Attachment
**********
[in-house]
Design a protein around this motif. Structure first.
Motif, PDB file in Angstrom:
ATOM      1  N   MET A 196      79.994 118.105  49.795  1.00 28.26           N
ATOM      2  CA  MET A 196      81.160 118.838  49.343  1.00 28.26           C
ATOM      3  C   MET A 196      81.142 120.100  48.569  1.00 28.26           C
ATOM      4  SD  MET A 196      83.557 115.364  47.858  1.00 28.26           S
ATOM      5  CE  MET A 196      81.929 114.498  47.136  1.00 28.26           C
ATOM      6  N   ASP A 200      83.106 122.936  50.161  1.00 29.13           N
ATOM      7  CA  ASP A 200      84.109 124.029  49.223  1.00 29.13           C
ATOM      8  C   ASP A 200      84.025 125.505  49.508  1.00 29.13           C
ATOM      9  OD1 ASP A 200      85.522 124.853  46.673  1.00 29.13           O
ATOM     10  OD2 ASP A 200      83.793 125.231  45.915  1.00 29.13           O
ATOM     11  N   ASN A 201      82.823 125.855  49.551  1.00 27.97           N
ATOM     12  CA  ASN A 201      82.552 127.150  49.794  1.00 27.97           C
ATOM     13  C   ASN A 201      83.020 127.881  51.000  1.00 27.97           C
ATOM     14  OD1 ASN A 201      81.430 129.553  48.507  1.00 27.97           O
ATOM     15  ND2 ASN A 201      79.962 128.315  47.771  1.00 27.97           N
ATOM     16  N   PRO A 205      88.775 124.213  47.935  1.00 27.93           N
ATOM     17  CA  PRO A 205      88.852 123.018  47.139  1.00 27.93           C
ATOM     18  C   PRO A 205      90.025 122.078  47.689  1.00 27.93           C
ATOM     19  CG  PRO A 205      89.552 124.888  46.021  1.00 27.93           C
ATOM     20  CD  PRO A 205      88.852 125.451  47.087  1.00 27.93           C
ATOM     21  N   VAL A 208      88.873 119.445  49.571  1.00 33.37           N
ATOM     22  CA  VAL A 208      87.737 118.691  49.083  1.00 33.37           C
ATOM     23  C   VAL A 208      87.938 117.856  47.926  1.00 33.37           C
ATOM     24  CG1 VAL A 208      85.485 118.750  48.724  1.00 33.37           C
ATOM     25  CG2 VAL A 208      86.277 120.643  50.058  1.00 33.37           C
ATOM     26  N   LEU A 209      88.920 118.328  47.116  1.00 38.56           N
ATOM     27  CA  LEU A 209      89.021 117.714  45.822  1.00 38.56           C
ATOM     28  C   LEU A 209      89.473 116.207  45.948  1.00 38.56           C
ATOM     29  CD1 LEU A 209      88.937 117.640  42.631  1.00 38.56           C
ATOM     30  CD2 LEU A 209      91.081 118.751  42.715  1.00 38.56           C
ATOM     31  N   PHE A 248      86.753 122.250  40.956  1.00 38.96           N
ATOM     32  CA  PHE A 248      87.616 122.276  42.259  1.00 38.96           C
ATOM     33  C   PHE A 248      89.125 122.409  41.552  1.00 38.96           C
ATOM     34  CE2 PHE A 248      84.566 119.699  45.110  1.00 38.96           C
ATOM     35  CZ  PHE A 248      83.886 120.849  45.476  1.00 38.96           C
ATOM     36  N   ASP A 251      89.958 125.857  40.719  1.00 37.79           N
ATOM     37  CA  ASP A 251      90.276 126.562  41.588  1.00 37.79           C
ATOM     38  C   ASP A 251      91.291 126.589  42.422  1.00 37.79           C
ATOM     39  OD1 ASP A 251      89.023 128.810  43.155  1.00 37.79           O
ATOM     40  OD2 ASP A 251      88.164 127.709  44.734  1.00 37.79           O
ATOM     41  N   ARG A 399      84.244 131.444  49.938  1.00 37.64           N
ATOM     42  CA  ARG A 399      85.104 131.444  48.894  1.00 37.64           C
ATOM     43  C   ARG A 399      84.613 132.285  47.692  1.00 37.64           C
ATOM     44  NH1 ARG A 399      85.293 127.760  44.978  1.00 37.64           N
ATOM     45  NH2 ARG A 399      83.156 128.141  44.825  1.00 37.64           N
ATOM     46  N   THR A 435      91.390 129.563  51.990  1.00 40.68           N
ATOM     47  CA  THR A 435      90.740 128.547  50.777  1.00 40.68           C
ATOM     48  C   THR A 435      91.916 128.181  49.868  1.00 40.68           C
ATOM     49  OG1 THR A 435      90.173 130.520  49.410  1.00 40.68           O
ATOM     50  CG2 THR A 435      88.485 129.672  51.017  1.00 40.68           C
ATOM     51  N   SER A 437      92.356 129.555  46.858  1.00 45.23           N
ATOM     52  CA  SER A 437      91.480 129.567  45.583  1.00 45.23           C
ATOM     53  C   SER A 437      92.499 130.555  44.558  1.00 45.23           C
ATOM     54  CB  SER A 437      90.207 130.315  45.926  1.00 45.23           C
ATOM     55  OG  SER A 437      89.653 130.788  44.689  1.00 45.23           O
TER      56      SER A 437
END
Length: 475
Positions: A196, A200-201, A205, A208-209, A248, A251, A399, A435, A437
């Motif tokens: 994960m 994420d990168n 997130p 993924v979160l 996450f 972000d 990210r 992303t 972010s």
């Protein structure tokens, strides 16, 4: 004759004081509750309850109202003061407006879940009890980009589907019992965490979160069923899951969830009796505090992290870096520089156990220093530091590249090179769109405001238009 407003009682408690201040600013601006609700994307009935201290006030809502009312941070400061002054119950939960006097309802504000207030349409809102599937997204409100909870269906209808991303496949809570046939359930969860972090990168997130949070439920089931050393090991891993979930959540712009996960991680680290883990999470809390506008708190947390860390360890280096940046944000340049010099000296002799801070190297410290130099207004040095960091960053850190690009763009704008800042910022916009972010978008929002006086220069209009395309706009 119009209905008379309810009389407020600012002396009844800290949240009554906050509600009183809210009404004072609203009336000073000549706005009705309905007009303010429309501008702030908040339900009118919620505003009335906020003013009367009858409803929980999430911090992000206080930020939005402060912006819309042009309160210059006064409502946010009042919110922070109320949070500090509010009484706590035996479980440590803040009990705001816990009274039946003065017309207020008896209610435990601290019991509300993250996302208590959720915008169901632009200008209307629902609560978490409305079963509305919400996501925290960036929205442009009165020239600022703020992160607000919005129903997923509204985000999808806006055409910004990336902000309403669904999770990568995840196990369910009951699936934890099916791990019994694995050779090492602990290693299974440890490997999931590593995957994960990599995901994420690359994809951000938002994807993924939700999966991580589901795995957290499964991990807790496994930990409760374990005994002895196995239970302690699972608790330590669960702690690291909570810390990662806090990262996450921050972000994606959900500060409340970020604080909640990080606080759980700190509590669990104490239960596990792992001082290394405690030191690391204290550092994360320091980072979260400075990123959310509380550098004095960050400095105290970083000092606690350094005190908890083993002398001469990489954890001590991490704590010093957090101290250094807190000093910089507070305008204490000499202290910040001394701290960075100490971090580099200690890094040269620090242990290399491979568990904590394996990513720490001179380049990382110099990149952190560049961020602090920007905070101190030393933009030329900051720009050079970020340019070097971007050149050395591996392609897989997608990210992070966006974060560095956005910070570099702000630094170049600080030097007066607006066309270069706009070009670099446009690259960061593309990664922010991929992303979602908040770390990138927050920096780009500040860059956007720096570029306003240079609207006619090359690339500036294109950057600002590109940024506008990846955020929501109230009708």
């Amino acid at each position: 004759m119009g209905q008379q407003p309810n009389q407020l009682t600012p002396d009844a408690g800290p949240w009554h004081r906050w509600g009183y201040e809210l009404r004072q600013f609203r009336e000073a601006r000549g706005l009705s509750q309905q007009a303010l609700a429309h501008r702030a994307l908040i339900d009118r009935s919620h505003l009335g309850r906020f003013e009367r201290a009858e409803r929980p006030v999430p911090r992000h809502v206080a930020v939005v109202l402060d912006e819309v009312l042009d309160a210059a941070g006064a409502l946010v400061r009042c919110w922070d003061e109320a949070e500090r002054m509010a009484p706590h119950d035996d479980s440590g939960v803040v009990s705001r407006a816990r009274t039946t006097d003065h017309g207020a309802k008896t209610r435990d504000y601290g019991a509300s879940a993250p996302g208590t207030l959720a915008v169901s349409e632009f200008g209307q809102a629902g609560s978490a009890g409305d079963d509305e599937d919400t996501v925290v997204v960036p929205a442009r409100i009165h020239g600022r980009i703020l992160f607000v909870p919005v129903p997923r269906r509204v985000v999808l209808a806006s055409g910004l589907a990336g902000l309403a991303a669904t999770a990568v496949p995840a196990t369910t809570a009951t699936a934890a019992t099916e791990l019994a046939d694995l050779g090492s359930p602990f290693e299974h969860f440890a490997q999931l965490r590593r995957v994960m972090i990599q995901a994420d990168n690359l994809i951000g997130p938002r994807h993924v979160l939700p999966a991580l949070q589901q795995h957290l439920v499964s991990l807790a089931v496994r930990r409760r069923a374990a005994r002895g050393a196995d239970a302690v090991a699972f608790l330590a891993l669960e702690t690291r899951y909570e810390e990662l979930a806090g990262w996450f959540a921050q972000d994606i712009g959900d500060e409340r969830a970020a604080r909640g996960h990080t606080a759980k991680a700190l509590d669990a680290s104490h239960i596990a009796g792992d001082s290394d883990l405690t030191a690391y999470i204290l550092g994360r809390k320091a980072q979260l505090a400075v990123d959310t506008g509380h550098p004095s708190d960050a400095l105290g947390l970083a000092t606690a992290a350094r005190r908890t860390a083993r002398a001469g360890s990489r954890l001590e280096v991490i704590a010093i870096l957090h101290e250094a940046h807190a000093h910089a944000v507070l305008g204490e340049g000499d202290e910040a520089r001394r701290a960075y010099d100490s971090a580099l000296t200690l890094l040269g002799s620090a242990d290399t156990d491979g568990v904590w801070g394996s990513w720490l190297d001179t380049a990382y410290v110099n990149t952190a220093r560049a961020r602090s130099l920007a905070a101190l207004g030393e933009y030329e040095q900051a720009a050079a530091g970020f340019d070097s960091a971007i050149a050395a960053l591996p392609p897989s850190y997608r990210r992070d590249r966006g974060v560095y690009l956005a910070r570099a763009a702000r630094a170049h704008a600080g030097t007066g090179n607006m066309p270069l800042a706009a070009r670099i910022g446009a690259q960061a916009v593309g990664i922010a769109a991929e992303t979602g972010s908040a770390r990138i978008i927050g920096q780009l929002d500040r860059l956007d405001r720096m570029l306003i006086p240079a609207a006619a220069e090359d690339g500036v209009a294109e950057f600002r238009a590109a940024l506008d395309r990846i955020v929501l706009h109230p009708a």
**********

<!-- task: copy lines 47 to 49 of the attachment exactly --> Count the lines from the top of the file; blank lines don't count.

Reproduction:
ATOM     44  NH1 ARG A 399      85.293 127.760  44.978  1.00 37.64           N
ATOM     45  NH2 ARG A 399      83.156 128.141  44.825  1.00 37.64           N
ATOM     46  N   THR A 435      91.390 129.563  51.990  1.00 40.68           N